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"Korolev crater" on Mars has a 50-mile-wide sheet of solid ice that is one-mile thick

Imagine a vast expanse of untouched snow — an idyllic scene for winter enthusiasts. Now, picture this wintry dream not on Earth, but on Mars. This is what the Korolev crater offers.

This immense Martian crater is a breathtaking feature on the Red Planet, captured in stunning detail by the European Space Agency’s (ESA) Mars Express mission.

Launched on June 2, 2003, Mars Express embarked on a six-month voyage to Mars, culminating in a successful orbital entry on Christmas Day of the same year.

This December marks the 20-year anniversary of its orbit insertion and the commencement of its groundbreaking science program.

Spectacular view of Korolev crater

Celebrating this milestone, the Mars Express High Resolution Stereo Camera (HRSC) provides us with a remarkable view of the Korolev crater.

This image is a composite of five different ‘strips’, each collected over separate orbits, seamlessly merged to present this stunning vista.

Additionally, the crater is showcased in perspective, context, and topographic views, offering a comprehensive understanding of its terrain.

Spanning 51 miles (82km) in diameter, Korolev crater lies in Mars’s northern lowlands, south of the dune-filled Olympia Undae that encircles part of the northern polar cap.

Unlike an ordinary crater, Korolev is unique. It’s not filled with snow but with a thick layer of ice, approximately 1.2 miles (1.8km) deep, that persists throughout the year.

Science behind the permanent ice

This perpetual ice cover is attributed to a fascinating phenomenon known as a ‘cold trap’. The crater’s depth, around two kilometers below its rim, plays a pivotal role.

The deepest parts, holding the ice, create a natural cold trap. The air cooled by the ice sinks, forming a protective layer of cold air directly above it.

This layer acts as a shield, maintaining the ice’s stability and preventing it from melting. Air’s poor heat conductivity enhances this effect, ensuring the crater remains permanently icy.

Tribute to a space pioneer

Korolev crater honors Sergei Korolev, the chief rocket engineer and spacecraft designer, often referred to as the father of Soviet space technology.

Korolev’s legacy includes the pioneering Sputnik program, the Vostok and Voskhod human space exploration programs, and the first interplanetary missions to the Moon, Mars, and Venus.

He was instrumental in the development of the Soyuz launcher, a key component of the Russian space program, utilized for both crewed and robotic flights.

Korolev crater offers a new perspective

Korolev crater has also piqued the interest of other missions, such as ESA’s ExoMars program, which seeks to determine if life ever existed on Mars.

The Colour and Stereo Surface Imaging System (CaSSIS) on the ExoMars Trace Gas Orbiter captured a fascinating 25 mile (40km) segment of the crater’s northern rim.

This imagery, taken soon after its operational commencement in April 2018, highlighted the crater’s intriguing shape and structure, along with its bright icy deposits.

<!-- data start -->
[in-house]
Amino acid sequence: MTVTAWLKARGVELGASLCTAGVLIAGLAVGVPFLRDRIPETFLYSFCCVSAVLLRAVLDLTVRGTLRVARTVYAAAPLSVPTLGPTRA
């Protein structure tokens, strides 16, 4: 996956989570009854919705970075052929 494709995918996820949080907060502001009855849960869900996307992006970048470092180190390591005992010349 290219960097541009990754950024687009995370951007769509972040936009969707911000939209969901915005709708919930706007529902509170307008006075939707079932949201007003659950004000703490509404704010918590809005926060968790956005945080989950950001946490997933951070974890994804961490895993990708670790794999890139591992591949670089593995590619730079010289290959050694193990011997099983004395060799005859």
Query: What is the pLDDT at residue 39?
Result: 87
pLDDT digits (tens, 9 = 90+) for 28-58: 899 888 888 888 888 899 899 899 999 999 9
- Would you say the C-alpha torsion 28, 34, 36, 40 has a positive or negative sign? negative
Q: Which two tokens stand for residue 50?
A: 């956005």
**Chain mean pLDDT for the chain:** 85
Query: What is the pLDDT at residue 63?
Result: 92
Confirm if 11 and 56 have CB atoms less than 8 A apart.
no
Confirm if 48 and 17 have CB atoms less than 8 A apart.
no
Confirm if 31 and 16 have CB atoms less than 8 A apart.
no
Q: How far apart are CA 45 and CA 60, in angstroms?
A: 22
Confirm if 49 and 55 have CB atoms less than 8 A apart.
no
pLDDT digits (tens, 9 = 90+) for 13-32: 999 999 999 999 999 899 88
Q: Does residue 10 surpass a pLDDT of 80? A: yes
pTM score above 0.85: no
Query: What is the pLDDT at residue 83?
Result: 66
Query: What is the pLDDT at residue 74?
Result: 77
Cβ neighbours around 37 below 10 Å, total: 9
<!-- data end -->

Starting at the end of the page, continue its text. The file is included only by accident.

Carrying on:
In summary, these images from Mars Express and ExoMars offer incredible scientific data while providing a new perspective on our neighboring planet, unveiling its beauty and continuing to feed our curiosity about the universe.

The Korolev crater, with its year-round ice, is a stark reminder of the dynamic and diverse environments that exist beyond our world. As we celebrate the 20-year journey of Mars Express, we look forward to many more discoveries and a deeper understanding of Mars.

More about Mars Express

As mentioned above, the Mars Express mission, an ambitious endeavor by the European Space Agency (ESA), stands as a landmark in space exploration.

Launched on June 2, 2003, from the Baikonur Cosmodrome in Kazakhstan, this mission marks Europe’s first independent venture to another planet. The spacecraft, propelled by a Soyuz-Fregat rocket, embarked on a six-month journey to Mars, arriving in December 2003.

At the heart of the mission lies the Mars Express Orbiter, equipped with high-resolution cameras and scientific instruments designed to scrutinize the Martian surface and atmosphere.

These tools have captured unprecedented images and data, offering insights into the planet’s geology, mineral composition, and climate history.

Notably, the mission’s OMEGA instrument detected signs of water ice and carbon dioxide ice at the Martian poles, bolstering theories about Mars’ potential to host life in the past.

Beagle 2 lander

Accompanying the orbiter was the Beagle 2 lander, named after the HMS Beagle, the ship that carried Charles Darwin on his historic voyage.

Unfortunately, after its deployment from the orbiter, Beagle 2 lost contact with Earth, leading to speculation about its fate.

In 2015, images from NASA’s Mars Reconnaissance Orbiter revealed that Beagle 2 had successfully landed but failed to fully deploy its solar panels, impeding communication.

Despite this setback, the Mars Express Orbiter continues to exceed expectations. Its extended missions have allowed continuous observation of Mars, contributing to our understanding of the planet’s atmosphere, surface, and potential for habitability.

The mission has fostered international collaboration, with instruments provided by ESA member states and NASA.

In summary, the Mars Express mission, ongoing and dynamic, exemplifies human curiosity and technological prowess. As it continues to orbit Mars, it sends back a wealth of data, fueling scientific discovery and inspiring future missions to unravel the mysteries of the Red Planet.


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